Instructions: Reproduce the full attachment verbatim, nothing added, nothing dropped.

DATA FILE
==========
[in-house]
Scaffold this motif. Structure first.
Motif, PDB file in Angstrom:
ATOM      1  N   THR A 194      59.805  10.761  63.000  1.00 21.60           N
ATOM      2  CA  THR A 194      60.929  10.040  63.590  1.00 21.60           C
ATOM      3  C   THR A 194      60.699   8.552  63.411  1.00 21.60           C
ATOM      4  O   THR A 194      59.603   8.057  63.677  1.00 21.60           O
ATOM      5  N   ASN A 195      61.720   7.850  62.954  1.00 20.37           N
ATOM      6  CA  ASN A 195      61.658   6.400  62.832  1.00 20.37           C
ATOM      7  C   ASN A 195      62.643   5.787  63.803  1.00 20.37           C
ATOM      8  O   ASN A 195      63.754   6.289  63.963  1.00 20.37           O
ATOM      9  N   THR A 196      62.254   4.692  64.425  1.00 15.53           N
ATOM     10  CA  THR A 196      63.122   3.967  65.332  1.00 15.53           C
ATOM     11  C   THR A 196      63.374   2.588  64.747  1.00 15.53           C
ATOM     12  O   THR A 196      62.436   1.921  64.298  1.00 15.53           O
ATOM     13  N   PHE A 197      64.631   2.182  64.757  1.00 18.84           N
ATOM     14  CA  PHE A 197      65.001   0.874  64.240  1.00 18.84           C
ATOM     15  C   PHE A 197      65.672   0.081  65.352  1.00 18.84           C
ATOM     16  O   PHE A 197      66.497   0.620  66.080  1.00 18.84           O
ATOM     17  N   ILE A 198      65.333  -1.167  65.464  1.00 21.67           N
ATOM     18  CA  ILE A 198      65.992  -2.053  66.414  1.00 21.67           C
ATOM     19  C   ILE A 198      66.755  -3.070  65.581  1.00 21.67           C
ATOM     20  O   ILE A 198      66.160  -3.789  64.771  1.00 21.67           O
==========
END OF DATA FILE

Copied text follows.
[in-house]
Scaffold this motif. Structure first.
Motif, PDB file in Angstrom:
ATOM      1  N   THR A 194      59.805  10.761  63.000  1.00 21.60           N
ATOM      2  CA  THR A 194      60.929  10.040  63.590  1.00 21.60           C
ATOM      3  C   THR A 194      60.699   8.552  63.411  1.00 21.60           C
ATOM      4  O   THR A 194      59.603   8.057  63.677  1.00 21.60           O
ATOM      5  N   ASN A 195      61.720   7.850  62.954  1.00 20.37           N
ATOM      6  CA  ASN A 195      61.658   6.400  62.832  1.00 20.37           C
ATOM      7  C   ASN A 195      62.643   5.787  63.803  1.00 20.37           C
ATOM      8  O   ASN A 195      63.754   6.289  63.963  1.00 20.37           O
ATOM      9  N   THR A 196      62.254   4.692  64.425  1.00 15.53           N
ATOM     10  CA  THR A 196      63.122   3.967  65.332  1.00 15.53           C
ATOM     11  C   THR A 196      63.374   2.588  64.747  1.00 15.53           C
ATOM     12  O   THR A 196      62.436   1.921  64.298  1.00 15.53           O
ATOM     13  N   PHE A 197      64.631   2.182  64.757  1.00 18.84           N
ATOM     14  CA  PHE A 197      65.001   0.874  64.240  1.00 18.84           C
ATOM     15  C   PHE A 197      65.672   0.081  65.352  1.00 18.84           C
ATOM     16  O   PHE A 197      66.497   0.620  66.080  1.00 18.84           O
ATOM     17  N   ILE A 198      65.333  -1.167  65.464  1.00 21.67           N
ATOM     18  CA  ILE A 198      65.992  -2.053  66.414  1.00 21.67           C
ATOM     19  C   ILE A 198      66.755  -3.070  65.581  1.00 21.67           C
ATOM     20  O   ILE A 198      66.160  -3.789  64.771  1.00 21.67           O